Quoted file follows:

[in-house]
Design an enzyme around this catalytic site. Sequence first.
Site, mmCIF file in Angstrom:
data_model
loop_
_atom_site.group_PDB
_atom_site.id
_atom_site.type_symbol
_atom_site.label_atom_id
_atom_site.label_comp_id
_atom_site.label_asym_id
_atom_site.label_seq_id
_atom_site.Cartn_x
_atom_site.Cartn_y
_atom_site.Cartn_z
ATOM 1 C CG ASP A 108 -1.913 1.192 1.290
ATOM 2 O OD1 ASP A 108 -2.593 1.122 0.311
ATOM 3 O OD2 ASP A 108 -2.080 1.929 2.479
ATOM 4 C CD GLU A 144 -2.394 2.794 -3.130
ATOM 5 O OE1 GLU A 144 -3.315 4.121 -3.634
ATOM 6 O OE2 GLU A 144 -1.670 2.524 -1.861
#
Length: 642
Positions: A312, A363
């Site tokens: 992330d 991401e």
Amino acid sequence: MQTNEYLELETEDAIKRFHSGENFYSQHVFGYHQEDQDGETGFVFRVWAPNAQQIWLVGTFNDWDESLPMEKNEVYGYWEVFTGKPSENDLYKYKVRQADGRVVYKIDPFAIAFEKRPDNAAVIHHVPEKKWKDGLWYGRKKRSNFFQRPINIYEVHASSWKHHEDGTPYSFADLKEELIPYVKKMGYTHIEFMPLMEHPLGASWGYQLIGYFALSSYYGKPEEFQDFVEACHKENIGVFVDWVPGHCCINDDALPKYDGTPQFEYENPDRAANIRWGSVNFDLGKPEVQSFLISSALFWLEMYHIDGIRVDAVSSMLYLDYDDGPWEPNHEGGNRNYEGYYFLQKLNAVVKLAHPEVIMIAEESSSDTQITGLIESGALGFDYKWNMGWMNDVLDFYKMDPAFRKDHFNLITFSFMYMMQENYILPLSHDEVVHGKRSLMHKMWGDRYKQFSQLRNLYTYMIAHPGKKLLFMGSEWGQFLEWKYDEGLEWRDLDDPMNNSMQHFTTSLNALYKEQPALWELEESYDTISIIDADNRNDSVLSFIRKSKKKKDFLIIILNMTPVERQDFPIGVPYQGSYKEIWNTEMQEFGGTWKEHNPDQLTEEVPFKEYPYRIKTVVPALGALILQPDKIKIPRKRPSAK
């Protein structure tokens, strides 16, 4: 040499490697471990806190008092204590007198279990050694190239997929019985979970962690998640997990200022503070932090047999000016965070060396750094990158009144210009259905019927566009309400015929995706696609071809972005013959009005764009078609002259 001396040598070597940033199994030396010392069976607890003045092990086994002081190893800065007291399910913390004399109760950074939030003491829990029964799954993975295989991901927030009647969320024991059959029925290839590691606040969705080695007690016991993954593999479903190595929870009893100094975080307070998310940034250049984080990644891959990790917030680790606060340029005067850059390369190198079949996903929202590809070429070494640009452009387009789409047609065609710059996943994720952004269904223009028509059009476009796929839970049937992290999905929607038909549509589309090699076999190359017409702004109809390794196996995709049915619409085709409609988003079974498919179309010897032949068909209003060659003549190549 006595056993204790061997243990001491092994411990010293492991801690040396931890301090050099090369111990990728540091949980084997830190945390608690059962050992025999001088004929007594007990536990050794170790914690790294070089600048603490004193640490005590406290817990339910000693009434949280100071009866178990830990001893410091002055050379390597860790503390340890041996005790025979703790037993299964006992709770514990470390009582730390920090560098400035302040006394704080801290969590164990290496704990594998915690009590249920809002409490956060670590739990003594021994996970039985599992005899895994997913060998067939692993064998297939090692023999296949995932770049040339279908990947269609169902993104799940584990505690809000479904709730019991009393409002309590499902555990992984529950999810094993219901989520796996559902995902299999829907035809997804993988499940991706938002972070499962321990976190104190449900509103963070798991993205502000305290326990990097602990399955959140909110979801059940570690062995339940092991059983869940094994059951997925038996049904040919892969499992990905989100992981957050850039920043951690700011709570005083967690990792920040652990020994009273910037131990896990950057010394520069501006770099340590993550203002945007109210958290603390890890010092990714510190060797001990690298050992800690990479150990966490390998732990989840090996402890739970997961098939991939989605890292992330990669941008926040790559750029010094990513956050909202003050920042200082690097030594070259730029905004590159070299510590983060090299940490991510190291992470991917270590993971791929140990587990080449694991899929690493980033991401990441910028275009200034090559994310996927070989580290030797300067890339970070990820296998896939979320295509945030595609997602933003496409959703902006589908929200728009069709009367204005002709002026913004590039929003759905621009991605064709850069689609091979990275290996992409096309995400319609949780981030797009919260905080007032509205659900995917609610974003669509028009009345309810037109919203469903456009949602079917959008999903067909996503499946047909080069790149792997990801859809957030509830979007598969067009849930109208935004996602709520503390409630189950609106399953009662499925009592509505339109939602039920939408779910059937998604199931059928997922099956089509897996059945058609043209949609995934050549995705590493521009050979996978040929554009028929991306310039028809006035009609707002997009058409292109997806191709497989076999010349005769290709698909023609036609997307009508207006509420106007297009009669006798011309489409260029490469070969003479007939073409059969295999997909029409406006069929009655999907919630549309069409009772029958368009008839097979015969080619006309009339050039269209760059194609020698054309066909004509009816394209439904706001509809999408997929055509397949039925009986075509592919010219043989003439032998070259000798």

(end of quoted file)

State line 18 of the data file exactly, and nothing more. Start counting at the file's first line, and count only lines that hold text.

ATOM 3 O OD2 ASP A 108 -2.080 1.929 2.479